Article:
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By Michael Trimarchi
Congress returned April 13 to Capitol Hill to deal with much unfinished business, including proposed legislation on sick and medical leave, E-Verify, employees' schedules, wellness programs and compensation.
•Paid sick leave. The Healthy Families Act (H.R 932, S. 497) would require employers with at least 15 employees to allow them to earn up to seven days of paid sick leave a year. The bill has been introduced in every Congress since 2004.
Actions: House, referred to the Education and the Workforce Committee; Senate, bill remains in Health, Education, Labor and Pensions Committee. Obama called on Congress to pass the legislation in his January State of the Union address.
•Minimum wage. Sen. Patty Murray (D-Wash.) and Rep. Bobby Scott (D-Va.), the ranking member on the House Education and the Workforce Committee, have been working to gather support among Democrats and moderate Republicans for legislation to increase the federal minimum wage to $12 an hour by 2020.
The bill would increase the federal minimum wage from $7.25 an hour in a series of steps. Such a measure also would phase out the $2.13 tipped minimum wage. Prospects for such a bill passing are remote, political experts said, especially given that a bill to increase the wage to $10.10 an hour stalled in the House and Senate last year.
•Compensatory time. The Working Families Flexibility Act (H.R. 465, S. 233) would allow employers to offer workers compensatory time in lieu of overtime pay without violating the Fair Labor Standards Act. The Family Friendly and Workplace Flexibility Act (S. 803) would amend the FLSA to allow employers to offer comp time in lieu of overtime pay. The bill also would authorize flexible credit hour programs, in which an employee earns credit time by working extra hours in a particular day or week that can then be used to work fewer hours in the future.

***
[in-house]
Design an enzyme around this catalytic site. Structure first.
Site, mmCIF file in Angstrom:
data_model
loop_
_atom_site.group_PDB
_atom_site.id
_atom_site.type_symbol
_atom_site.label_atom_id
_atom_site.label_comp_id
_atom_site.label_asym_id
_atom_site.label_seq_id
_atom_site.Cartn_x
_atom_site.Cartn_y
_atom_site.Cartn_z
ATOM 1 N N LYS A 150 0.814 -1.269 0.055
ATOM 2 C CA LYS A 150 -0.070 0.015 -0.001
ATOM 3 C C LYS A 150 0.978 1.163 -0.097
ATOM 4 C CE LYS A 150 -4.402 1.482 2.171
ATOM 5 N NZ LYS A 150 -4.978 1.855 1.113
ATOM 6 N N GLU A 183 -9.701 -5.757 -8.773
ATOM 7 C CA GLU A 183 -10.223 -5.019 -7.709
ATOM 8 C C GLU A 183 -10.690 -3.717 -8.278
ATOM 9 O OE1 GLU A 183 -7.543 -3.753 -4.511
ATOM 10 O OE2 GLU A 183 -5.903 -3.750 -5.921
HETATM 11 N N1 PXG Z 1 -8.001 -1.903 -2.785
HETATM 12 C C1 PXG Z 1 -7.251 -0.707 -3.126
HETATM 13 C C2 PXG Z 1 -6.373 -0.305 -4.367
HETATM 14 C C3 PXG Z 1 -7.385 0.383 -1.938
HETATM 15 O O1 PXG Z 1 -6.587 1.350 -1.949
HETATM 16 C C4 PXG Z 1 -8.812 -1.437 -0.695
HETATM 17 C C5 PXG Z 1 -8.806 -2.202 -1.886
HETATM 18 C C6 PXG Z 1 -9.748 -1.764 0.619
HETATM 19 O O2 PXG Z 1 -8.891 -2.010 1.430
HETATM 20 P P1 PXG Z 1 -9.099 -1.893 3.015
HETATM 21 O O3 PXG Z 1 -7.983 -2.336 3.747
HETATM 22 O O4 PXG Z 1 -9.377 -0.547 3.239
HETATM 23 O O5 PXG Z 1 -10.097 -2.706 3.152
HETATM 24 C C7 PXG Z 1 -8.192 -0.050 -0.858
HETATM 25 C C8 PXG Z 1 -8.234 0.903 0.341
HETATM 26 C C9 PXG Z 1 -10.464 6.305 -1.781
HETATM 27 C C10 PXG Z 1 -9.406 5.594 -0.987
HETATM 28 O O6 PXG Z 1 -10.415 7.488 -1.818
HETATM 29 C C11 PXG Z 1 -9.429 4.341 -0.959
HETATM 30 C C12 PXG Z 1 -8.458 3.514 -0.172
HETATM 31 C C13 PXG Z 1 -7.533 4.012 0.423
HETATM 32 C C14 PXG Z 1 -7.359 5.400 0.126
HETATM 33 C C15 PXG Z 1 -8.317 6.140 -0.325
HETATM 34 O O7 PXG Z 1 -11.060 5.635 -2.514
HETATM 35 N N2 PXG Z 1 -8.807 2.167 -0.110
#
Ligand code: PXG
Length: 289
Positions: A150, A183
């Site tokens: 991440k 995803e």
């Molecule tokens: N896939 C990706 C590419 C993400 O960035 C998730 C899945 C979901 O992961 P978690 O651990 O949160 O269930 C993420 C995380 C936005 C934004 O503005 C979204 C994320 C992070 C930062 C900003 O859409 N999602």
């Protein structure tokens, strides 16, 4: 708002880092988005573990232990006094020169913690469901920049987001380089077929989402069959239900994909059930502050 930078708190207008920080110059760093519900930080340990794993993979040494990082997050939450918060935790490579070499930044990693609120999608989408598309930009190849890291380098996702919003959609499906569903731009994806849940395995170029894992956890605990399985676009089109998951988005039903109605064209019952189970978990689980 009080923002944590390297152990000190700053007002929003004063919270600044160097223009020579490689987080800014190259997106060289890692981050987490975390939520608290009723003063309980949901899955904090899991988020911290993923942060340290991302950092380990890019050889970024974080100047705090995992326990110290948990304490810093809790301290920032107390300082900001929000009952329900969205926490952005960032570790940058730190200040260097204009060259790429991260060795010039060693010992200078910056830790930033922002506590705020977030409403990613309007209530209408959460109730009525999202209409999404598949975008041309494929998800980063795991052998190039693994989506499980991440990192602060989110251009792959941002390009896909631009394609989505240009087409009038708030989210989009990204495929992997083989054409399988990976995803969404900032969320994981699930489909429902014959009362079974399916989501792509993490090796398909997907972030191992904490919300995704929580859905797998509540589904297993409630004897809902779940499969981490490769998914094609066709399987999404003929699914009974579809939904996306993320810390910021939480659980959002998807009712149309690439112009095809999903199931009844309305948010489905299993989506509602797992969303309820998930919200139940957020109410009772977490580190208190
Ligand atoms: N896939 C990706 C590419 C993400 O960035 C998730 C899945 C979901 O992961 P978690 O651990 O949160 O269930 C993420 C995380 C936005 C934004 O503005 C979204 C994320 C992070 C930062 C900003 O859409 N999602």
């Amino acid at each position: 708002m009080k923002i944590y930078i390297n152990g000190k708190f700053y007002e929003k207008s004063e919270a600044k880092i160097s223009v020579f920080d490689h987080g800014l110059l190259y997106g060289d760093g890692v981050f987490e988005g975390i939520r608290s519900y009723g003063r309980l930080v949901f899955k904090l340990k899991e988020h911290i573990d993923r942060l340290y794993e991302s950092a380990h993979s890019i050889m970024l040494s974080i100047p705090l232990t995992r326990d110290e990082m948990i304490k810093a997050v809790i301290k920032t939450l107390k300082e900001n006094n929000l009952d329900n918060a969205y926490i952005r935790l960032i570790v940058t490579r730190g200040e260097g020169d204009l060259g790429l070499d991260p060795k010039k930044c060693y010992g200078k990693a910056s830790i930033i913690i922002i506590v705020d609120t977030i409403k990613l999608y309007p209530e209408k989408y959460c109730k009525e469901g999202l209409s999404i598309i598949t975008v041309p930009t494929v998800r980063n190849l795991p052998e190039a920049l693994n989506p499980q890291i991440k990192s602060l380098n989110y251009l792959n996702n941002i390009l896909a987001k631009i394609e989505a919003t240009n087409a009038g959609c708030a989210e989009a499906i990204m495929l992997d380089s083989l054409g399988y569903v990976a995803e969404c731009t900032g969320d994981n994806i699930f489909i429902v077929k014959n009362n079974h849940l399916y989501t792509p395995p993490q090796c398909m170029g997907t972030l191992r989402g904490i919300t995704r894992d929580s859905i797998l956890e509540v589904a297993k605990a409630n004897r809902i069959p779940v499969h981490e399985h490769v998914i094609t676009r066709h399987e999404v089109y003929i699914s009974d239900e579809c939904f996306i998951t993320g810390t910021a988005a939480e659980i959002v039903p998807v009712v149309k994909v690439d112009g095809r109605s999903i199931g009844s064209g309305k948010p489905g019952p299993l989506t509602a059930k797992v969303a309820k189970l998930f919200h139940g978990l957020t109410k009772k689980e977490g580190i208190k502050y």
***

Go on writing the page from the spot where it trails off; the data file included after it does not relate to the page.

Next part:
Actions: House, sent H.R. 465 to the Committee on Education and the Workforce; Senate, S. 233 and S. 803 sent to the HELP Committee. The White House is not likely to favor measures that would erode workers' rights to earn overtime pay.
•Flexible scheduling. The Flexibility for Working Families Act (H.R. 1450, S. 777) would require employers to consider worker requests for flexible scheduling arrangements by meeting with the worker and providing a written decision, including any grounds for denying the request.
Actions: House, sent to the Judiciary Committee; Senate, sent to the HELP Committee. The White House generally supports efforts to expand workers' rights to seek flexible scheduling arrangements.
•Leave insurance. The Family and Medical Insurance Leave Act (H.R. 1439, S. 786) would establish a national family and medical leave insurance program, funded by employer and worker contributions. The program would be based on those already in place in California, Rhode Island and New Jersey.
Actions: House, sent to the Committee on Ways and Means; Senate, sent to Finance Committee. Obama generally supports the measure.
•Employment verification. The Legal Workforce Act (H.R. 1147) would make the E-Verify electronic employment eligibility verification system mandatory for all U.S. employers within two years of enactment through a series of six-month increments, with agricultural employers given three years to comply.
The use of E-Verify for new hires would be mandatory, but employers would be allowed to use the system for current employees if done in a nondiscriminatory manner.
Actions: House, cleared the Judiciary Committee March 3; no companion legislation in the Senate. A date for floor consideration has not been set. President Barack Obama supports E-Verify.